Samuel is generally understood to have written both this book and the preceding, and thereby to have preserved the historical series of events from Joshua to himself, almost unbroken; and also the genealogical deduction of succession down to David, in whom the royal line of the house of Judah commenced, altogether uninterrupted. And while we behold Rahab the harlot, a woman of Jericho, and Ruth the Moabitess, not only admitted to the rank of mothers in Israel, but mothers of a race of kings, mothers in the line of "Messiah the Prince," we are admonished as Peter was long afterward, on a different occasion, "not to call that common or unclean which God hath purified."
Israel was now enjoying the blessing of good gov ernment, but the land is visited with a calamity which no sagacity of government could foresee or prevent, and no human power remove....with famine. Bethlehem itself, the house of bread, so called from the fertility of the circumjacent fields, sinks under the pressure of this sore evil, and Elimelech, one of the chiefs of his tribe, is, like the most illustrious of his ancestors, driven to seek subsistence in a strange land.
Every land according to its place on the globe has its peculiar climate, soil, production. One is watered
by the clouds of heaven, another by an inundation of the waters of the earth. Here the rain descends according to no fixed law, either as to season or quantity, there it is measured to a drop, and timed to a moment. On the regularity or uncertainty of these distributions by the hand of nature, or the intervention of Providence, depend the comfort, the very sustentation of human life; on them depends all the variation of vegetable produce, as to plenty or scarcity, as to greatness, wholesomeness, pleasantness and their contraries. Hence the same country is one year as the garden of God, for beauty and abundance, and the next as the waste howling wilderness; Canaan now flows with milk and honey, and gives bread to the full, and anon eats up its inhabitants. We hear an offended and a merciful God, by the mouth of the same prophet, reproving and threatening human thoughtlessness and ingratitude in relation to this interesting subject, in these glowing terms: "She did not know that I gave her corn and wine and oil, and multiplied her silver and gold, which they prepared for Baal; therefore will I return and take away my corn in the time thereof, and my wine in the season thereof, and will recover my wool and my flax, given to cover her nakedness. And I will destroy her vines and her fig-trees, of which she said, These are my rewards which my lovers have given me and I will make them a forest, and the beasts of the field shall eat them." And thus relents the God of grace towards penitent returning children, "I will betroth thee unto me in faithfulness, and thou shalt know the Lord. And it shall come to pass in that day, I will hear, saith the Lord, I will hear the heavens, and they shall hear the earth, and the earth shall hear the corn and the wine and the oil, and they shall hear Jezreel; and I will sow her unto me in the earth, and I will have mercy on her that had not obtained mercy." Such is the mysterious scale of both mercy and judg ment. Thus universal nature is combined in one firm'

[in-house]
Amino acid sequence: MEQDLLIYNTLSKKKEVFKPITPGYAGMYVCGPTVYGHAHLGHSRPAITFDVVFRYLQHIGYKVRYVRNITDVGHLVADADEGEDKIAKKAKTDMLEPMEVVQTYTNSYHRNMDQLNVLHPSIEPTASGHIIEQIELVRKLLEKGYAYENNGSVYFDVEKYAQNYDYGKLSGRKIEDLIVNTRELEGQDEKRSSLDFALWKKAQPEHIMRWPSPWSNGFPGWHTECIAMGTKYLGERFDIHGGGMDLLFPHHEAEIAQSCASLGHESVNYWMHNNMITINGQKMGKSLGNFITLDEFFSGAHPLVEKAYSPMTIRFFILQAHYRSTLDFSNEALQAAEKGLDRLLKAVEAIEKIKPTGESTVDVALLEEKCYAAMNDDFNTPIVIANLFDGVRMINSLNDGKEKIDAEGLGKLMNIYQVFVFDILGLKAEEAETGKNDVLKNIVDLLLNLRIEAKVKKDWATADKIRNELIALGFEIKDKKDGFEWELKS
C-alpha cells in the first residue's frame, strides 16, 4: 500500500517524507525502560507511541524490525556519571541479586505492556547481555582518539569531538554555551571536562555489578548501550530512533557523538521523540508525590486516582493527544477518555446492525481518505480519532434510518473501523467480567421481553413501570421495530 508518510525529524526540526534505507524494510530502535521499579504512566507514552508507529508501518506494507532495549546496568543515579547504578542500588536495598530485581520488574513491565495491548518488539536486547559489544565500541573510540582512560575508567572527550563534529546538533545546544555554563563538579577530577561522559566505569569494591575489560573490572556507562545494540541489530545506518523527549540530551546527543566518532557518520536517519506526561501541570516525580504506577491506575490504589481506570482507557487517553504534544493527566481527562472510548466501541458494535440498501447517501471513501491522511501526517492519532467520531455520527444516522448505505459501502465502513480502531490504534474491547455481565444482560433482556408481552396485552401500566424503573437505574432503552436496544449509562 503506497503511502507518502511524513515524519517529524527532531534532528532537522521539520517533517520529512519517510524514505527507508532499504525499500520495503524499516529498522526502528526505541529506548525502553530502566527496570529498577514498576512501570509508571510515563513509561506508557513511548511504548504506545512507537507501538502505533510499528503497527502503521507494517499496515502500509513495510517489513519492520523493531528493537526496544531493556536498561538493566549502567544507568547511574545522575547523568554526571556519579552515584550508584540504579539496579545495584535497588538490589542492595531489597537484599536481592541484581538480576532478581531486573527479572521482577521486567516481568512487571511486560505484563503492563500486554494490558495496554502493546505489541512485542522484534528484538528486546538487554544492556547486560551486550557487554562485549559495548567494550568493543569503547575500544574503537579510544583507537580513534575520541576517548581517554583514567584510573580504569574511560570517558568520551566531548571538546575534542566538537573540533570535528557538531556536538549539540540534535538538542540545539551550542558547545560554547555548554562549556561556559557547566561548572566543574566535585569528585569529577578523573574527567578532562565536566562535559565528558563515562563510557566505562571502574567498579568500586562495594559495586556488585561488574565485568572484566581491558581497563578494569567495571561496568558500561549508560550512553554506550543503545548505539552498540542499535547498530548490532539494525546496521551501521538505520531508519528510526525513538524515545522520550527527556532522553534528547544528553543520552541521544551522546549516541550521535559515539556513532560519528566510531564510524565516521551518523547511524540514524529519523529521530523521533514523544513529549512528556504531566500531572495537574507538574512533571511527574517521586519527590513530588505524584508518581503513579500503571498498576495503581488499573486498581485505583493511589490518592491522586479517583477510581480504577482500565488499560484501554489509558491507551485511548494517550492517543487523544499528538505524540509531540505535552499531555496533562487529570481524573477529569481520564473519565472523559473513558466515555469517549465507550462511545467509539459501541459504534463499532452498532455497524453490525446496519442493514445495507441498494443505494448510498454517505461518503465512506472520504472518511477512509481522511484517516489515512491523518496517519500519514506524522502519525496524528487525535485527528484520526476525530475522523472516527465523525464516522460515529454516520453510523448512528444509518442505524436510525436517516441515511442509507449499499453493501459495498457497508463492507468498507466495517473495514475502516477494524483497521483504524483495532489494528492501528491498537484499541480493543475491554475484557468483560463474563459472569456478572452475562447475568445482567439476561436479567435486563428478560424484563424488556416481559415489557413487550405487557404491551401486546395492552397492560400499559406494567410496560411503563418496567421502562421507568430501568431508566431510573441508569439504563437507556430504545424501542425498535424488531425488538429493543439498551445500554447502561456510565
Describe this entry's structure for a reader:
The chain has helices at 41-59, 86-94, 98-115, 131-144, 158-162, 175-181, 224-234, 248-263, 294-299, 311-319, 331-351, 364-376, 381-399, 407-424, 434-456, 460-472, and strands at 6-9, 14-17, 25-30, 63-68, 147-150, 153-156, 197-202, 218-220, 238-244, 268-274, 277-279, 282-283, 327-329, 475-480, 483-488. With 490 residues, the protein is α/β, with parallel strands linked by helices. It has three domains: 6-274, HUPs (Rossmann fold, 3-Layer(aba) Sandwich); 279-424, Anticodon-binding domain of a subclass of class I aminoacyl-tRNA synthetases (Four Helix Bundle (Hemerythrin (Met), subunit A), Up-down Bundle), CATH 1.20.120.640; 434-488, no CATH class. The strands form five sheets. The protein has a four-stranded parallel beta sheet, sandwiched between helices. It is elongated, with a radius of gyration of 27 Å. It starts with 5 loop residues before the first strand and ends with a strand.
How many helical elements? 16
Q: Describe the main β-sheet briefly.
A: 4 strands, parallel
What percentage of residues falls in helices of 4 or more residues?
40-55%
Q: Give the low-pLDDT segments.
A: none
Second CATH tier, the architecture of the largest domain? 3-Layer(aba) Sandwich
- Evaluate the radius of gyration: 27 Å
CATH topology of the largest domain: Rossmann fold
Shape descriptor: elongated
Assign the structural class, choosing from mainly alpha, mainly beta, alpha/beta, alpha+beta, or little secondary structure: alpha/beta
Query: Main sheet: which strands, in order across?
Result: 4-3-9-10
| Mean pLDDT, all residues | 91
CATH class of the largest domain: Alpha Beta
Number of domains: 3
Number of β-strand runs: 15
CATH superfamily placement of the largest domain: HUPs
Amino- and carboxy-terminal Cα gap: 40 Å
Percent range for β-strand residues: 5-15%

league to oppress and confound God's adversary. Thus every creature, every event unites in preserving the existence, and promoting the happiness of his repenting, dutiful, obedient children.
Elimelech seeks and finds refuge in Moab, for" the earth is the Lord's and the fulness thereof;" and he bas given commandment, "Let mine outcasts dwell with thee, Moab;" and that one word disarms in an instant national animosity, represses the rage of the lion, quenches the violence of fire. The fugitive of Bethlehem-Judah finds kindness and protection among inveterate enemies; Daniel sleeps secure among the fiercest of the savage tribes; and the three children of the captivity walk unhurt in the midst of the flaming fur.
We see, at first, nothing but one of those instances which every day occur, of the sad reverses to which individuals, families, states are liable; the downfall and distress of an ancient and reputable house, struggling with penury, and forced into exile; but we soon discover, that the eternal eye is fixed on a nobler object, that the hand of omnipotence is preparing the materials and laying the foundation of a more magnificent fabric; that infinite wisdom is bringing low the royal house of Bethlehem, only to restore it to greater .splendor.
We have before us at once the cure of pride and of despair. Behold, O man of an hundred ancestors, and of an hundred thousand acres, behold Elimelech, the son of Abrahain, poor and despised; the head of the tribe of Judah, a stranger in a strange land, existing through sufferance, supplied through foreign bounty; and remember by what a brittle tenure thy privi Jeges and possessions are held. Consider, child of adversity, whom no man knows, whom no one regards, consider yonder neglected, reduced, extinguished family, and behold from the ashes of the expiring phonix, an immortal offspring arising, whose flight neither